The controversial changes to South Australia's land tax have been given the go-ahead by the state parliament, delivering tax cuts to investors.

The reform package includes a $189m in tax cuts for investors over three years and tax relief for thousands of "mum and dad" investors.

The Land Tax Amendment Bill 2019 slashes the top land tax rate from a national high of 3.7% to 2.4%. While this new rate is still higher than those in New South Wales and Victoria, it is lower than those in Western Australia and Queensland.

Treasurer Rob Lucas said these reforms will deliver a "more competitive, investment-attracting environment" to the state and will boost jobs and economic growth.

"This is a once-in-a-generation opportunity for significant land tax reform that will benefit South Australians now and into the future. We see this as a big investment attractor and job creator" he said.

The changes were first introduced during the state budget in June, but the initial proposals were met with criticisms by business groups and investors.

After revamping the changes several times, the new measures won the support of both houses.

However, Lucas said the government refuses to compromise on its objectives to introduce changes to aggregation rules. As such, investors will not be able to use separate trust and company structures to avoid paying tax.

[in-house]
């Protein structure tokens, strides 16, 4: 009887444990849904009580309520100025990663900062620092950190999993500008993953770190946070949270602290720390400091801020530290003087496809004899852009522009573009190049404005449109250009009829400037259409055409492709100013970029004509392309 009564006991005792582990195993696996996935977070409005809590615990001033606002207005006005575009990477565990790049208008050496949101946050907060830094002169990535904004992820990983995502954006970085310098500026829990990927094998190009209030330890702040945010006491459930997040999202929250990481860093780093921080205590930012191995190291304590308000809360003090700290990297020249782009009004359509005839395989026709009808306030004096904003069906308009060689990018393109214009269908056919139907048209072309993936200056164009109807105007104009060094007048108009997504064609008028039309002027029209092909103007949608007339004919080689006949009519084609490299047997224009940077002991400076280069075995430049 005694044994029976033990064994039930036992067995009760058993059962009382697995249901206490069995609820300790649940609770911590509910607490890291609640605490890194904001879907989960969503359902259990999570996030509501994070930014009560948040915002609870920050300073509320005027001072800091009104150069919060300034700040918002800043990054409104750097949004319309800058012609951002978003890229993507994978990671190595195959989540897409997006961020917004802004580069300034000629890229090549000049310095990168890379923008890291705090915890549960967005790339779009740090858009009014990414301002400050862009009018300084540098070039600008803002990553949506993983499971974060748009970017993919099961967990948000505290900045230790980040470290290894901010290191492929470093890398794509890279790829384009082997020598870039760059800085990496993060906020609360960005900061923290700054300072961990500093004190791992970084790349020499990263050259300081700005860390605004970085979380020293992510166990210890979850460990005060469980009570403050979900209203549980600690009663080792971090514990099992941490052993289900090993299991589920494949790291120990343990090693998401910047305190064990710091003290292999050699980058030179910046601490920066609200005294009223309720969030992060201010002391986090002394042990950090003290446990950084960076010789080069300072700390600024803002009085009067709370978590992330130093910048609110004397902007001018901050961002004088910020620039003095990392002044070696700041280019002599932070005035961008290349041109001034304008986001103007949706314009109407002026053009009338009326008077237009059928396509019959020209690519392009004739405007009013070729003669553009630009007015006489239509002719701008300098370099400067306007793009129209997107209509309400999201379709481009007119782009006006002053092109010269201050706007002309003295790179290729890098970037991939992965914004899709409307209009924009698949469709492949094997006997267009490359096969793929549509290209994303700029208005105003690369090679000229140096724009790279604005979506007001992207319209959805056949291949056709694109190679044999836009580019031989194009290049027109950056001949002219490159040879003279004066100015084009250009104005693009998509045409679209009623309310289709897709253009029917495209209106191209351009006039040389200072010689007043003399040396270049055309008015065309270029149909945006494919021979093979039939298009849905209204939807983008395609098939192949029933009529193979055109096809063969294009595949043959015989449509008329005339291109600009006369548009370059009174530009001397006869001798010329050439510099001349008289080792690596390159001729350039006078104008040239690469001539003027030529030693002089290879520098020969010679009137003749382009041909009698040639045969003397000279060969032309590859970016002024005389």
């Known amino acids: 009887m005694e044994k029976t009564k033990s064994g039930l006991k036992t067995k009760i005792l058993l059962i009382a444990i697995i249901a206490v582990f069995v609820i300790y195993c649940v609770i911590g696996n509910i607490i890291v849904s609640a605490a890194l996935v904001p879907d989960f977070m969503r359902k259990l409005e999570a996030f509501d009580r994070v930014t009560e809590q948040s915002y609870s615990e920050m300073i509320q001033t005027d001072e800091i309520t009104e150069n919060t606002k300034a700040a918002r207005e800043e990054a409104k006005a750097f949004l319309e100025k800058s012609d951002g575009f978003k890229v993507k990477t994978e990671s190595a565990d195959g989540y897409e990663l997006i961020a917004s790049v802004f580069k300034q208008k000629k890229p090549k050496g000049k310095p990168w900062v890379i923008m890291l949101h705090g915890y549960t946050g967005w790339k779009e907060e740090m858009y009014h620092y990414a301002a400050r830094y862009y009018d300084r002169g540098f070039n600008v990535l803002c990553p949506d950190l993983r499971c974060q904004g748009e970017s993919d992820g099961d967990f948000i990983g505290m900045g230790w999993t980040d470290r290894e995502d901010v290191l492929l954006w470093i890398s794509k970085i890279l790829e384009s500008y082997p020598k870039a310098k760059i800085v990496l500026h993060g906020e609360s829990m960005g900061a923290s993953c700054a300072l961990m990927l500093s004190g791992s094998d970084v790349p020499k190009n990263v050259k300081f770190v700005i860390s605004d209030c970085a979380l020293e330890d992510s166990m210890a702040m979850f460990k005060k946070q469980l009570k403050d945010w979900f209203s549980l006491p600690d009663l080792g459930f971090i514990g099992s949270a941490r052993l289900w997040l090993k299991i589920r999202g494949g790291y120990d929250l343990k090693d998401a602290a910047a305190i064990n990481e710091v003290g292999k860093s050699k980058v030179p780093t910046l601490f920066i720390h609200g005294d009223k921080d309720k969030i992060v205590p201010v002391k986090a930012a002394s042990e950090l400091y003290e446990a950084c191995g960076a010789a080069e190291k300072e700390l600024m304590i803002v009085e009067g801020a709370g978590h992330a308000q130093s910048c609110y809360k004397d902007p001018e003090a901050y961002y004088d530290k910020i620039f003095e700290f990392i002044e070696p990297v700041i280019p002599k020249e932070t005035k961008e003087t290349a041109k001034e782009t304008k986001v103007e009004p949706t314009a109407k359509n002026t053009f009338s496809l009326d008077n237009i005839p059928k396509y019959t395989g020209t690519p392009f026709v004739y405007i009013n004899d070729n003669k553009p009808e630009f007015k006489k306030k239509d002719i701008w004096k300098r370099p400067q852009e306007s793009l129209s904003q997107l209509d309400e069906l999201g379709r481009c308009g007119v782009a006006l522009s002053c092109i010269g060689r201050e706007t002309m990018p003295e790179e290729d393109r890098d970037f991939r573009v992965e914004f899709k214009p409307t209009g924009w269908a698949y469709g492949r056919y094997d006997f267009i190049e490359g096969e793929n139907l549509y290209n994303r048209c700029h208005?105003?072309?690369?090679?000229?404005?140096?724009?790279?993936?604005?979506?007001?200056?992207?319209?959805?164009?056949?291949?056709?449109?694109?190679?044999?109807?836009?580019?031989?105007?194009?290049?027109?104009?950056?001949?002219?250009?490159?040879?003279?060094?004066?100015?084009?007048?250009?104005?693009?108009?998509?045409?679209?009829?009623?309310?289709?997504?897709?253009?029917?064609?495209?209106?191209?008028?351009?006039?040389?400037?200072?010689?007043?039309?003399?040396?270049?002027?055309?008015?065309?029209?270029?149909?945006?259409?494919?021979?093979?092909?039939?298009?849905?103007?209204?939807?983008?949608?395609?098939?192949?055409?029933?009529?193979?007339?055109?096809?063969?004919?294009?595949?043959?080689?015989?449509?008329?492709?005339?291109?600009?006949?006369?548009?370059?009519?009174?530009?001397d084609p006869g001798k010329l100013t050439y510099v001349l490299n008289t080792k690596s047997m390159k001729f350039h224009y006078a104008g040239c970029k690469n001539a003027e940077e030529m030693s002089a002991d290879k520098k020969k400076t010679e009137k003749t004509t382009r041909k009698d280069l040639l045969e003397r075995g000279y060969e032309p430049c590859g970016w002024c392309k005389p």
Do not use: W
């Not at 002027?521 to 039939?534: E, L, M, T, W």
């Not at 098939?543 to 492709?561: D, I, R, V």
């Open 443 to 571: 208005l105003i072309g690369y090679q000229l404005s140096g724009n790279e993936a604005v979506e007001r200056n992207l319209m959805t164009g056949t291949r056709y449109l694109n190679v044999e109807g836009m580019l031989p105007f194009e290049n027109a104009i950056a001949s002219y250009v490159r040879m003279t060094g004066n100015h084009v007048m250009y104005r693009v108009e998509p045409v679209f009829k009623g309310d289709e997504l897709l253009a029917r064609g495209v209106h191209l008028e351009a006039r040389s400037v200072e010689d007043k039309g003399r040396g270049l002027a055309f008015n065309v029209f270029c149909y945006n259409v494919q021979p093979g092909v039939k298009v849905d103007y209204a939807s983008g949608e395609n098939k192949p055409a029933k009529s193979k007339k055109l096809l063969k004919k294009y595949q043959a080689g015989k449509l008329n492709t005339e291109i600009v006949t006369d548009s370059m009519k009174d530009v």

"This means that no longer will it be possible for an investor to hold $3m in property in seven separate companies and not pay a single dollar in land tax," Lucas said.

The tax reform will also include a $25m transition fund over the next three years for investors who might be hit by the changes. The changes will take effect starting in July next year.

Property Council executive director for SA Daniel Gannon said the state now "boasts a more competitive land tax regime" that is compelling for investors.

"This state's anti-competitive land tax rates and low thresholds have long discouraged investors from looking to invest here. In terms of the residential environment, South Australia's median house price starts with a 'four' rather than ending in 'million' — this means we have a more affordable entry point for investors now combined with a more competitive set of rates and thresholds," he told The Australian Financial Review.